The Entertainment Software Ratings Board (ESRB) removed an online ratings summary of the content in Dead or Alive: Paradise for PSP from its website today in response to inquiries as to the appropriateness of the summary.
While the ESRB is mostly known for providing ratings on game boxes (such as the familiar "E for Everyone" or "T for Teen" ratings), the organization’s website also provides more detailed synopses of a game’s content intended to "explain in objective terms the context and relevant content that factored into a game’s ESRB rating assignment."
The entry for Dead or Alive: Paradise, however, went a step beyond "objective":
This is a video game in which users watch grown women dressed in G-string bikinis jiggle their breasts while on a two-week vacation. Women’s breasts and butts will sway while playing volleyball, while hopping across cushions, while pole dancing, while posing on the ground, by the pool, on the beach, in front of the camera.
There are other activities: Users can gamble inside a casino to win credits for shopping; they can purchase bathing suits, sunglasses, hats, clothing at an island shop; they can "gift" these items to eight other women in hopes of winning their friendship, in hopes of playing more volleyball.
And as relationships blossom from the gift-giving and volleyball, users may get closer to the women, having earned their trust and confidence: users will then be prompted to zoom-in on their friends’ nearly-naked bodies, snap dozens of photos, and view them in the hotel later that night.
Parents and consumers should know that the game contains a fair amount of "cheesy," and at times, creepy voyeurism—especially when users have complete rotate-pan-zoom control; but the game also contains bizarre, misguided notions of what women really want (if given two weeks, paid vacation, island resort)—Paradise cannot mean straddling felled tree trunks in dental-floss thongs."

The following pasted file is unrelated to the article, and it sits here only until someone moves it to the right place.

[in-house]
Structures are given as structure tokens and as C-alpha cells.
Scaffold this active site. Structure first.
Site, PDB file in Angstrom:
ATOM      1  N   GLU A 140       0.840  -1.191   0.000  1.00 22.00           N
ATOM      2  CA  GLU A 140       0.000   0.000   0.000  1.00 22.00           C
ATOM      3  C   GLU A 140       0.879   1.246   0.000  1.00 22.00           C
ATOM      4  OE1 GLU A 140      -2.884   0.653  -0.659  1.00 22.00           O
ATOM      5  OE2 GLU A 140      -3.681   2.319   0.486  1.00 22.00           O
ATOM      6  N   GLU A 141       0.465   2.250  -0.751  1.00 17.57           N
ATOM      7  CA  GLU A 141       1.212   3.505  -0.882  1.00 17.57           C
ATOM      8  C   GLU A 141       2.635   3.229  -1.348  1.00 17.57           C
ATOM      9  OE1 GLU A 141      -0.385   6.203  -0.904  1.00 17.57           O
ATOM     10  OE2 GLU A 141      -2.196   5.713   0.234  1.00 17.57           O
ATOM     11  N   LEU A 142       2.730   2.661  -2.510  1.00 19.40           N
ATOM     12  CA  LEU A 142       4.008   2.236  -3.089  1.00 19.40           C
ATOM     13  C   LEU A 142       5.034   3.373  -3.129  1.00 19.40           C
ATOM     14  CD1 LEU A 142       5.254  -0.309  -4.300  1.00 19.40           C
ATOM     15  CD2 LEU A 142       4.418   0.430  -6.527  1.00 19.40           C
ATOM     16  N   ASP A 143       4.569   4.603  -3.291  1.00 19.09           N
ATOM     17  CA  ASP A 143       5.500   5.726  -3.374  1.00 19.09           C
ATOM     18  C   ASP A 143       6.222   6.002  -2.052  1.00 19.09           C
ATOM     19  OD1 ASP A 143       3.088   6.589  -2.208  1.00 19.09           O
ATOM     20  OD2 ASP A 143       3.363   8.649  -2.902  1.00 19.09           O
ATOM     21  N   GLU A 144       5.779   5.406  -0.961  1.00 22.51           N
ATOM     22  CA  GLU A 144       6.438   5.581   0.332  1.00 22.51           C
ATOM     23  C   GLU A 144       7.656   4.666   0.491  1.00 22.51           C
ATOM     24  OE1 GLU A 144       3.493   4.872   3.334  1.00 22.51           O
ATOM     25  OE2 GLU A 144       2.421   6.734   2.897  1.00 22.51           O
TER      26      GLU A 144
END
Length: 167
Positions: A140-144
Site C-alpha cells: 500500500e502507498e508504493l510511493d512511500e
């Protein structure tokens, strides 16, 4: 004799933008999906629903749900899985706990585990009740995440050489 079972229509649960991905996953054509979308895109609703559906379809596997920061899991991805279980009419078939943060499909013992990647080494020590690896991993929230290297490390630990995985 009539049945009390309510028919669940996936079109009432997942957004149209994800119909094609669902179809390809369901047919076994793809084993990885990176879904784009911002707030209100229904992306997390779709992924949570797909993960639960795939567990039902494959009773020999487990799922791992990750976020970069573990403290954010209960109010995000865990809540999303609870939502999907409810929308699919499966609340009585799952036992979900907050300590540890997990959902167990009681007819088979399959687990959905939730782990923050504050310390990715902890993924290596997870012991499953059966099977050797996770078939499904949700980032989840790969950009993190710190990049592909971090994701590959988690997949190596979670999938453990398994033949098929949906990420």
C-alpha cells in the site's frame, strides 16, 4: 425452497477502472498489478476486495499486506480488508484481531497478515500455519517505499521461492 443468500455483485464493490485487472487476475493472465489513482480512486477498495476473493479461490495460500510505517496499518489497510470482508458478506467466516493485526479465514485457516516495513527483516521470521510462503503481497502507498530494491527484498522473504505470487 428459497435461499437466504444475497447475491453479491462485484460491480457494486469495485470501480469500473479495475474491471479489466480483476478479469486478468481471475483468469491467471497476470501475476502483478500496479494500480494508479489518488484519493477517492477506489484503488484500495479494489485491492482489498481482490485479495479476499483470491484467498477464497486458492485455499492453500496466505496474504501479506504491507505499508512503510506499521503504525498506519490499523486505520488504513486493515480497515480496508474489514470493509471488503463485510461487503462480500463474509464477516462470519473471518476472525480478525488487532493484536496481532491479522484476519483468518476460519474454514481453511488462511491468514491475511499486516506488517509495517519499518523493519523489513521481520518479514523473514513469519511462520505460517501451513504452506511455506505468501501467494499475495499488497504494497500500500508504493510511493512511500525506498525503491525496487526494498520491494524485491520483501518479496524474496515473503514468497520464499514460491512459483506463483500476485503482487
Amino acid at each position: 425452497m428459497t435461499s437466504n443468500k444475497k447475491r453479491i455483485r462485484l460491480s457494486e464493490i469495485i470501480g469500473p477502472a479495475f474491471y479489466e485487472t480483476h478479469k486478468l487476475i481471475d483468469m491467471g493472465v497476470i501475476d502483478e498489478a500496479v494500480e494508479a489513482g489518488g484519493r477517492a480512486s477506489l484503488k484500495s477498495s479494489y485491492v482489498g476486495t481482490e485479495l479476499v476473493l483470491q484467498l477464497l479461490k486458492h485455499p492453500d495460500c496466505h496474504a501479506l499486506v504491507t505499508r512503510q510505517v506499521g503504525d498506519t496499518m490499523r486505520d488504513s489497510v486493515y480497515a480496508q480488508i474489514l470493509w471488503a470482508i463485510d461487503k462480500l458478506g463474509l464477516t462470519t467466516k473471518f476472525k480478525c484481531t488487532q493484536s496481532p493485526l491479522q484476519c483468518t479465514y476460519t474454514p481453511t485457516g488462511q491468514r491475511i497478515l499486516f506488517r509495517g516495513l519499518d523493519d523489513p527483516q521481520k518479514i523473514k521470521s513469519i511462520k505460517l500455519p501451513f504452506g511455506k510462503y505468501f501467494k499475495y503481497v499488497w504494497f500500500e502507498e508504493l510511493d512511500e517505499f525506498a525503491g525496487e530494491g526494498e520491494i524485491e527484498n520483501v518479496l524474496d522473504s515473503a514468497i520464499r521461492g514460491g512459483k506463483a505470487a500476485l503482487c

ESRB spokesman Eliot Mizrachi released a statement on the issue today:
The rating summary for Dead or Alive Paradise was posted to our website in error, and we have since replaced that version with the corrected one. We recognize that the initial version improperly contained subjective language and that issue has been addressed.
Our intention with rating summaries is to provide useful, detailed descriptions of game content that are as objective and informative as possible. However they are ultimately written by people and, in this case, we mistakenly posted a rating summary that included what some could rightfully take to be subjective statements.
We sincerely regret the error and will work to prevent this from happening again in the future.
GP: While some might be quick to condemn the ESRB for overstepping their boundaries, it’s important to realize a couple things. First, there’s nothing technically wrong with their original position: the ratings, after all, are voluntary, and the ESRB itself is an industry body. Second, they were quick to admit error and replace the synopsis with a more objective one — when was the last time we heard the MPAA admit they were wrong?
Dan Rosenthal is a legal analyst for the games industry.